Western Hummingbird Partnership

HUMMINGBIRD INTRO

Many hummingbird species are long distance migrants travelling between the USA, Canada, and Mexico; therefore, a tri-national partnership is critical for effective hummingbird conservation in North America. Seventeen species regularly occur in the USA and Canada, of which thirteen are neotropical migrants that overwinter in Mexico (US Fish and Wildlife Service 2008). Hummingbirds live only in the western hemisphere, where they are the second most diverse family of birds (approximately 340 species). Their diversity is well represented among North American bird families with 57 species, of which 40% are endemic to North America, 14% are substantially shared among the nations, 30% are migratory, and 14% are of high conservation concern (Berlanga et al., 2010).

Hummingbirds are specialized nectar feeders with morphological, ecological, and physiological adaptations for this diet, and serve as pollinators for a wide array of native plants (Stiles 1981, Brown and Bowers 1985, Rosero 2003, Temeles and Kress 2003, Gegear and Burns 2007). They depend almost completely on nectar for their energetic supply, and their survival depends upon a reliable supply of suitable nectar-producing plants that are frequently associated with early successional stages of forest re-growth. Almost 300 plant species identified from the literature were listed by Ornelas et al. (2007) as producing nectar used by hummingbirds. Most of the data come from geographic areas in the USA, Mexico, Costa Rica, and Brazil. In western USA, about 130 plant species are pollinated by hummingbirds (Johnsgard 1997).

In addition to nectar, hummingbirds prey upon insects, which provide an important source of protein (Schuchmann 1999). For many hummingbird species, aquatic insects are important prey items during the nesting cycle; thus, management of water resources in the arid west is likely an important conservation issue. Although insects are critical components to hummingbird diets, the real dietary importance of insects remains largely unknown and is under studied.

Forests are the primary habitat for over 80% of hummingbird species (Stotz et al. 1996). In the tropics, the diversity of hummingbirds is highest in montane/sub-montane forests (Schuchmann 1999). This pattern of forest-associated diversity continues northward, where the highest diversity of hummingbirds in the USA occurs in the pine/oak woodlands of southeastern Arizona (Wethington et al. 2005). These woodlands are included in the montane evergreen forest classification (Stotz et al. 1996), which has the highest number of at- risk hummingbird species (Wethington and Finley 2009). There are many unknowns regarding the needs of the various species of hummingbirds, particularly related to habitat requirements for insect prey, timing of nectar resource availability, nest sites, and other habitat requirements at different temporal and spatial scales.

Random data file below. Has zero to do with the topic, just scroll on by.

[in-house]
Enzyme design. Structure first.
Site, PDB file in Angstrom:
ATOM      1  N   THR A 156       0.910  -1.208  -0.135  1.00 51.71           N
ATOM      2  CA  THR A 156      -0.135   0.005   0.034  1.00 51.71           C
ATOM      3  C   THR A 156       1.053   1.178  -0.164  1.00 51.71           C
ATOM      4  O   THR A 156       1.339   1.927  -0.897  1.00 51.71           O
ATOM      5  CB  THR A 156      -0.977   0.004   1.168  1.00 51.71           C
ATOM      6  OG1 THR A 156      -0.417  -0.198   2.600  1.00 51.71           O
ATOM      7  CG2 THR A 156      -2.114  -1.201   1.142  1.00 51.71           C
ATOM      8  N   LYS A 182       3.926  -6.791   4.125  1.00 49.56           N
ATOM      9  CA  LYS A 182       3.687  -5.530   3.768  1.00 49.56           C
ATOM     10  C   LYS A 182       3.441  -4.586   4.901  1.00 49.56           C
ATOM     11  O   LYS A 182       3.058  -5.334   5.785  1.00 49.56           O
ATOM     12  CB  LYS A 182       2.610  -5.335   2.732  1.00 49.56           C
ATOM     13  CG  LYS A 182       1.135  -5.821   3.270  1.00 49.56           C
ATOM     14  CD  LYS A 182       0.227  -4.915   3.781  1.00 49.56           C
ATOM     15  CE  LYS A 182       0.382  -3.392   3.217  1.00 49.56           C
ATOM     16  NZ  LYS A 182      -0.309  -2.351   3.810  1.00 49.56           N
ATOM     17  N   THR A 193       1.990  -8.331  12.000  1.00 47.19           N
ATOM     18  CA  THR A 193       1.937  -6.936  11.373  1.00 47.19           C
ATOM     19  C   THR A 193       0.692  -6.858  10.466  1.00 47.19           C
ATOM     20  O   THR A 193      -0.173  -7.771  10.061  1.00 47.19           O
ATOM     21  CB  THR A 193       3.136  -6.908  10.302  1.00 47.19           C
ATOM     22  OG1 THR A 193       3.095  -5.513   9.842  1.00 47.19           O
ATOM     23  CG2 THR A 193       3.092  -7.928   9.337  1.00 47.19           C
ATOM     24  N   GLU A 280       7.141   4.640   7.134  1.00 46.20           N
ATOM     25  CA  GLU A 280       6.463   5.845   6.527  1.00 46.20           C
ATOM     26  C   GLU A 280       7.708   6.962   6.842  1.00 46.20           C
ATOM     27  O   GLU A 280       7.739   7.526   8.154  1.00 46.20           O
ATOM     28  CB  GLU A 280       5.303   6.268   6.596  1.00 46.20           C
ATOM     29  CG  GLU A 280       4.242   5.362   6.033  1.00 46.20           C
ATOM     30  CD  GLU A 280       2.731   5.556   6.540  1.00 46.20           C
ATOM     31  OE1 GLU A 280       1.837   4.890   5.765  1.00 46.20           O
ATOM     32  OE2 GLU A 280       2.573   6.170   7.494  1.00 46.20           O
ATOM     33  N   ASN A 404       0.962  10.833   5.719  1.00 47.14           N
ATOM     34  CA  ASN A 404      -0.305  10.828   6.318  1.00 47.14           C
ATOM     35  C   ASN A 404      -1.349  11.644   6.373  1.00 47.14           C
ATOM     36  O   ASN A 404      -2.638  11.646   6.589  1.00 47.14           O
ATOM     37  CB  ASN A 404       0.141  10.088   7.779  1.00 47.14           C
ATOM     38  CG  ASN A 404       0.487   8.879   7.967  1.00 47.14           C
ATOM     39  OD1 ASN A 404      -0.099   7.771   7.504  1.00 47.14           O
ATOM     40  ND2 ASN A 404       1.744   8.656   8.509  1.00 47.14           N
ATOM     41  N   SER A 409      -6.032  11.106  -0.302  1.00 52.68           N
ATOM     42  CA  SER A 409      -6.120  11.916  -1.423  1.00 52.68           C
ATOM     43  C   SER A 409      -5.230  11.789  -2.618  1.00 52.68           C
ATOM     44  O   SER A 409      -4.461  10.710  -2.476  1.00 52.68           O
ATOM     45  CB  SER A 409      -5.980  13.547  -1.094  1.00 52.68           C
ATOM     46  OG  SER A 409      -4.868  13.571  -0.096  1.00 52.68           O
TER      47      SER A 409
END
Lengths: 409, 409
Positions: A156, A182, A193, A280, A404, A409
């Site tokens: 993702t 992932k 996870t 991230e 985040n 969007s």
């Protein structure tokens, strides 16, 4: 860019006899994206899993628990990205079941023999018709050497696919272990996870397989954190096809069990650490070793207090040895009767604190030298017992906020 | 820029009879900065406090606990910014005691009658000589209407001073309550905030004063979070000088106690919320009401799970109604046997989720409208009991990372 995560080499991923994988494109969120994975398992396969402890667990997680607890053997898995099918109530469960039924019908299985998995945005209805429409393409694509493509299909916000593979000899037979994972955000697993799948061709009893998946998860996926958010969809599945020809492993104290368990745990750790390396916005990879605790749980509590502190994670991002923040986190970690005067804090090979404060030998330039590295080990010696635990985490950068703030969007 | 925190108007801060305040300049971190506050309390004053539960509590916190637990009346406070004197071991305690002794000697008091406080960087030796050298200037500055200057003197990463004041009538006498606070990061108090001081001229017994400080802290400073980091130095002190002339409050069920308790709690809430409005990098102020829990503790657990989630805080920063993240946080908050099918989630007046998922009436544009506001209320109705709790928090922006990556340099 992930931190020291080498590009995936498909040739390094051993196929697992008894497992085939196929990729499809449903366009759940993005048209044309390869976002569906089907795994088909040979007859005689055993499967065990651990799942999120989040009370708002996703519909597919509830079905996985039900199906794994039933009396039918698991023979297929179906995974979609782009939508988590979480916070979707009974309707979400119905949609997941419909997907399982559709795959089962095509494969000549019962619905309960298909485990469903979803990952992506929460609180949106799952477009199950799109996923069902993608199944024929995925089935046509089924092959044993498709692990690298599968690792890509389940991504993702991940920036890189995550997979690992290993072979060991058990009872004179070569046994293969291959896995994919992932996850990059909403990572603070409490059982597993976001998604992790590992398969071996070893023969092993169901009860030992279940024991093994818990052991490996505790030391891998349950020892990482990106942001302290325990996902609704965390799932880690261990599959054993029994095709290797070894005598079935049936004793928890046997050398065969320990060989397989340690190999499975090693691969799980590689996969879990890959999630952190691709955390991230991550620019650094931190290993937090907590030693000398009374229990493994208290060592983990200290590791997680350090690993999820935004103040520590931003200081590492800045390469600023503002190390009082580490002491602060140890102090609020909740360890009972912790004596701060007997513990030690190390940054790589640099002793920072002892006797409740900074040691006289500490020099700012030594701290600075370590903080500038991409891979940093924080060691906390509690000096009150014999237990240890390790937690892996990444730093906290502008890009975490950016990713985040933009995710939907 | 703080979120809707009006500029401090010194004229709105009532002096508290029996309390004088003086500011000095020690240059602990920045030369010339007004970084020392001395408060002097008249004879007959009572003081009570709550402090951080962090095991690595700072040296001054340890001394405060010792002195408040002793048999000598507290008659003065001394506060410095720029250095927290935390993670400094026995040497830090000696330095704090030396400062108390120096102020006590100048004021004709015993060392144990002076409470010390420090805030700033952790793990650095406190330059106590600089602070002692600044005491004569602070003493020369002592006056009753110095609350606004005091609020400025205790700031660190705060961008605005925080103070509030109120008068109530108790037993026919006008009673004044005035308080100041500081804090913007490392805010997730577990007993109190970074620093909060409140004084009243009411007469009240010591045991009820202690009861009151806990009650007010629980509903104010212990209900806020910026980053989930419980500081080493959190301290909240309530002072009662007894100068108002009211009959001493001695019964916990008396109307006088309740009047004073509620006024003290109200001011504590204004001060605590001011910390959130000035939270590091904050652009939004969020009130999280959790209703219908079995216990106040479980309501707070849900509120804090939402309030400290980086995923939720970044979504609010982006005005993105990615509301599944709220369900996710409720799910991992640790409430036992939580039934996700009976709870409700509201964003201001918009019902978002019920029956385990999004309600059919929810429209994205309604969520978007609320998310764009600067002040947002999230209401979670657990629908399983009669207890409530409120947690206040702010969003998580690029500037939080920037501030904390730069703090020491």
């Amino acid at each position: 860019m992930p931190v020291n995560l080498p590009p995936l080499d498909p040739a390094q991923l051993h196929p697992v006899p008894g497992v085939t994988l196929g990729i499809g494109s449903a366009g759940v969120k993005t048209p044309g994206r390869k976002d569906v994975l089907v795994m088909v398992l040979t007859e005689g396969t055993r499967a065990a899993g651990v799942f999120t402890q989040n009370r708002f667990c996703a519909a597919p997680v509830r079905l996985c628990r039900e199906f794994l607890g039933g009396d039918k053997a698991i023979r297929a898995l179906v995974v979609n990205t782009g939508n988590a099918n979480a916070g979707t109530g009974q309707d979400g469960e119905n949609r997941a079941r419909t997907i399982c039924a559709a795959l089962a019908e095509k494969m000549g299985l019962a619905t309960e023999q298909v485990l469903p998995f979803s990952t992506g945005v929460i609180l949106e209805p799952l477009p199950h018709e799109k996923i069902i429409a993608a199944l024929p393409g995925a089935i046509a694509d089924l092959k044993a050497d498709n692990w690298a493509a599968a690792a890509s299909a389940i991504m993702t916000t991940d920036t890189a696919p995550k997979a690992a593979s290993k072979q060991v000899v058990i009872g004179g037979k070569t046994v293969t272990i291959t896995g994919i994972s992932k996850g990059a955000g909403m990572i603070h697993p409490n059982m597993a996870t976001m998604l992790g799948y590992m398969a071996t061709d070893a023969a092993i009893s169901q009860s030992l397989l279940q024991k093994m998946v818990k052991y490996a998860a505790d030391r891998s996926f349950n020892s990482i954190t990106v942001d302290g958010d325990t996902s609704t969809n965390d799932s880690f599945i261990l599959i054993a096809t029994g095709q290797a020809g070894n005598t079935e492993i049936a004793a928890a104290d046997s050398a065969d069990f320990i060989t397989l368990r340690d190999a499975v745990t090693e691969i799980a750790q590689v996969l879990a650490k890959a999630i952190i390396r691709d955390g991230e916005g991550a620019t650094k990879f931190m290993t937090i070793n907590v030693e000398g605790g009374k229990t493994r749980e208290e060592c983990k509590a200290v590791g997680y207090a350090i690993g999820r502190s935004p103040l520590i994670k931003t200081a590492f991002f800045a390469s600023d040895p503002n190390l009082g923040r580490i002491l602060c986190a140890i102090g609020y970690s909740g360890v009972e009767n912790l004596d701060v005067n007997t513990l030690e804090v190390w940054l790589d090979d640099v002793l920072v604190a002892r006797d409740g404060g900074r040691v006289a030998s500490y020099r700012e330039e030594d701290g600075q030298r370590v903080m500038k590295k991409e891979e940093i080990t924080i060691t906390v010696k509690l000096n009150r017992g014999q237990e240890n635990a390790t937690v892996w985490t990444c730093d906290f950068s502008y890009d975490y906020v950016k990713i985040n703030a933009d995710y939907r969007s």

REFERENCES

Brown, J. H. & M. A. Bowers. 1985. Community organization in hummingbirds: relationships between morphology and ecology. The Auk 102: 251-269.

Gegear, R. J. and J. C. Burns. 2007. The birds, the bees, and the virtual flowers: can pollinator behavior drive ecological speciation in flowering plants? American Naturalist 170:551-566.

Johnsgard, P. A. 1997. The Hummingbirds of North America. Smithsonian Institution Press, Washington. Second Edition.

Ornelas J.F., M. Ordano, A.J. De Nova, M.E. Quintero and T. Garland Jr. 2007. Phylogenetic analysis of inter-specific variation in nectar of hummingbird visited plants. J. Evol. Biol. 20:1904-1917.

Rosero, L. 2003. Interações planta/beija-flor em três comunidades vegetais da parte sul do Parque Nacional Natural Chiribiquete, Amazonas (Colombia). Tese apresentada ao instituto de Biología da Universidade Estadual de Campinas, como parte dos requisitos para obtenção do titulo de Doutor em Ciencias Biológicas. Campinas, Brazil.

Schuchmann K.L. 1999. Family Trochilidae (Hummingbirds). In: Del Hoyo J., Elliot A., Sargatal J.. (Eds). Handbook of the birds of the world. Vol. 5 Barn-owls to Hummingbirds. Birdlife International. Lynx Editions, Barcelona, pp:468-680.

Stiles F. G. 1981. Geographical aspects of bird-flower co-evolution, with particular reference to Central America. Ann. Missouri Bot. Gard. 68: 323-351.

Stotz, D.F.; J.W. Fitzpatrick, T.A. Parker III, D.K. Moskovits. 1996. Neotropical Birds: Ecology and Conservation. University of Chicago Press. Chicago, Illinois.

Temeles, E. J. and W. J. Kress. 2003. Adaptation in a plant-hummingbird association. Science 300:630-633.

Wethington, S. M. and Finley N. 2009. Addressing Hummingbird conservation needs: An Initial Assessment. In Proceedings of the Fourth International Partners In Flight Conference.: Tundra to Tropics

Wethington, S. M., G.C. West, and B.A. Carlson. 2005. Hummingbird conservation: Discovering diversity patterns in southwest USA. In Connecting mountain islands and desert seas: biodiversity and management of the Madrean Archipelago II. Compiled by G. J. Gottfried, B.S. Gebow, L.G. Eskew, and C.B. Edminster. 2004 May 11-15; Tucson, AZ. pp 162-168. Proceedings RMRS-P-36. Fort Collins, CO: U.S. Department of Agriculture, Forest Service, Rocky Mountain Research Station.